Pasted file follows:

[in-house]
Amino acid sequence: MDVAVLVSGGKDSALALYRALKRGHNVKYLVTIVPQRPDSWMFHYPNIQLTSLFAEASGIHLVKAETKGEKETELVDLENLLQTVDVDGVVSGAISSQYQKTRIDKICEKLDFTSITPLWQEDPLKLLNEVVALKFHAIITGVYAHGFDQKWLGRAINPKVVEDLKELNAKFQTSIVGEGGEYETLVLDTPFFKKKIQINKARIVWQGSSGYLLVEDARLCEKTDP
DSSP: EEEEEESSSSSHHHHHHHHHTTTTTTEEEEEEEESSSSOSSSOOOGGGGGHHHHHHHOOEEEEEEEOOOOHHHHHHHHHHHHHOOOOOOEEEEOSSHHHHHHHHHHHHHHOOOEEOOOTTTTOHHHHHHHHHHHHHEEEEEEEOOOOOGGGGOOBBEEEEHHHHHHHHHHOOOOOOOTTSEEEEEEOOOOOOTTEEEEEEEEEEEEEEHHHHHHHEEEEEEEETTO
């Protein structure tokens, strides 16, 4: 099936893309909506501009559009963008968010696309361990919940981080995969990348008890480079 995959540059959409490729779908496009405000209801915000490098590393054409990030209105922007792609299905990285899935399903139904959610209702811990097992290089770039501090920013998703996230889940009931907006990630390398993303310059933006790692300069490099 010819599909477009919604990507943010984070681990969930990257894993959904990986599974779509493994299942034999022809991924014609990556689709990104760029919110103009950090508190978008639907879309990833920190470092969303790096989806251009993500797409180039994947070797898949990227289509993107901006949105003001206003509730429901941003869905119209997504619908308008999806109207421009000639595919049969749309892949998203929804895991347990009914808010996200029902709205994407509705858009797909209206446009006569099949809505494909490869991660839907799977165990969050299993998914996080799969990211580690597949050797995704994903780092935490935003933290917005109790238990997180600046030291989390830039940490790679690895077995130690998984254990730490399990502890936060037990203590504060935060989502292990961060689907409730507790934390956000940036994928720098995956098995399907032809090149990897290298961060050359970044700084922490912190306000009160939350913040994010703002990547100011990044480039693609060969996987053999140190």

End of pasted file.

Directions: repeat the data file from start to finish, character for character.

[in-house]
Amino acid sequence: MDVAVLVSGGKDSALALYRALKRGHNVKYLVTIVPQRPDSWMFHYPNIQLTSLFAEASGIHLVKAETKGEKETELVDLENLLQTVDVDGVVSGAISSQYQKTRIDKICEKLDFTSITPLWQEDPLKLLNEVVALKFHAIITGVYAHGFDQKWLGRAINPKVVEDLKELNAKFQTSIVGEGGEYETLVLDTPFFKKKIQINKARIVWQGSSGYLLVEDARLCEKTDP
DSSP: EEEEEESSSSSHHHHHHHHHTTTTTTEEEEEEEESSSSOSSSOOOGGGGGHHHHHHHOOEEEEEEEOOOOHHHHHHHHHHHHHOOOOOOEEEEOSSHHHHHHHHHHHHHHOOOEEOOOTTTTOHHHHHHHHHHHHHEEEEEEEOOOOOGGGGOOBBEEEEHHHHHHHHHHOOOOOOOTTSEEEEEEOOOOOOTTEEEEEEEEEEEEEEHHHHHHHEEEEEEEETTO
């Protein structure tokens, strides 16, 4: 099936893309909506501009559009963008968010696309361990919940981080995969990348008890480079 995959540059959409490729779908496009405000209801915000490098590393054409990030209105922007792609299905990285899935399903139904959610209702811990097992290089770039501090920013998703996230889940009931907006990630390398993303310059933006790692300069490099 010819599909477009919604990507943010984070681990969930990257894993959904990986599974779509493994299942034999022809991924014609990556689709990104760029919110103009950090508190978008639907879309990833920190470092969303790096989806251009993500797409180039994947070797898949990227289509993107901006949105003001206003509730429901941003869905119209997504619908308008999806109207421009000639595919049969749309892949998203929804895991347990009914808010996200029902709205994407509705858009797909209206446009006569099949809505494909490869991660839907799977165990969050299993998914996080799969990211580690597949050797995704994903780092935490935003933290917005109790238990997180600046030291989390830039940490790679690895077995130690998984254990730490399990502890936060037990203590504060935060989502292990961060689907409730507790934390956000940036994928720098995956098995399907032809090149990897290298961060050359970044700084922490912190306000009160939350913040994010703002990547100011990044480039693609060969996987053999140190």